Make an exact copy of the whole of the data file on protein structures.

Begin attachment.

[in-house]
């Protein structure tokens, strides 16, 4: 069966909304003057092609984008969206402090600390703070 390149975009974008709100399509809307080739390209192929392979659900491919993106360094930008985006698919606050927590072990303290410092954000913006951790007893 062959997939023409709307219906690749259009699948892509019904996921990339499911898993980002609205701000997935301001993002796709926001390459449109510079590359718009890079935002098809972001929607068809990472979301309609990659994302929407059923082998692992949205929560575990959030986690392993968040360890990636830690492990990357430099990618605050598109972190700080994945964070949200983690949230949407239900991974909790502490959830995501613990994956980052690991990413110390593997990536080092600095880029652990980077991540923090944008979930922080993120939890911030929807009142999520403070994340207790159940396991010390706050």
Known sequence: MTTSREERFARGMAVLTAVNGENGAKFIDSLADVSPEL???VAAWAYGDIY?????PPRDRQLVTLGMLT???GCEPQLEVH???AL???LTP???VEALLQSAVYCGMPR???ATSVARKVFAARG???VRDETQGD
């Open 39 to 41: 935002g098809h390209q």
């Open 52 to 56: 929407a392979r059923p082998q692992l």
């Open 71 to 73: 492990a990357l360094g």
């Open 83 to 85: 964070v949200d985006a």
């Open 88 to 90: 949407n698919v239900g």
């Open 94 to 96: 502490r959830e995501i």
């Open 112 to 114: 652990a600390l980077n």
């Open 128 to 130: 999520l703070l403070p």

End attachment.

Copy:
[in-house]
């Protein structure tokens, strides 16, 4: 069966909304003057092609984008969206402090600390703070 390149975009974008709100399509809307080739390209192929392979659900491919993106360094930008985006698919606050927590072990303290410092954000913006951790007893 062959997939023409709307219906690749259009699948892509019904996921990339499911898993980002609205701000997935301001993002796709926001390459449109510079590359718009890079935002098809972001929607068809990472979301309609990659994302929407059923082998692992949205929560575990959030986690392993968040360890990636830690492990990357430099990618605050598109972190700080994945964070949200983690949230949407239900991974909790502490959830995501613990994956980052690991990413110390593997990536080092600095880029652990980077991540923090944008979930922080993120939890911030929807009142999520403070994340207790159940396991010390706050």
Known sequence: MTTSREERFARGMAVLTAVNGENGAKFIDSLADVSPEL???VAAWAYGDIY?????PPRDRQLVTLGMLT???GCEPQLEVH???AL???LTP???VEALLQSAVYCGMPR???ATSVARKVFAARG???VRDETQGD
């Open 39 to 41: 935002g098809h390209q």
């Open 52 to 56: 929407a392979r059923p082998q692992l």
């Open 71 to 73: 492990a990357l360094g």
């Open 83 to 85: 964070v949200d985006a």
């Open 88 to 90: 949407n698919v239900g």
């Open 94 to 96: 502490r959830e995501i």
């Open 112 to 114: 652990a600390l980077n």
């Open 128 to 130: 999520l703070l403070p």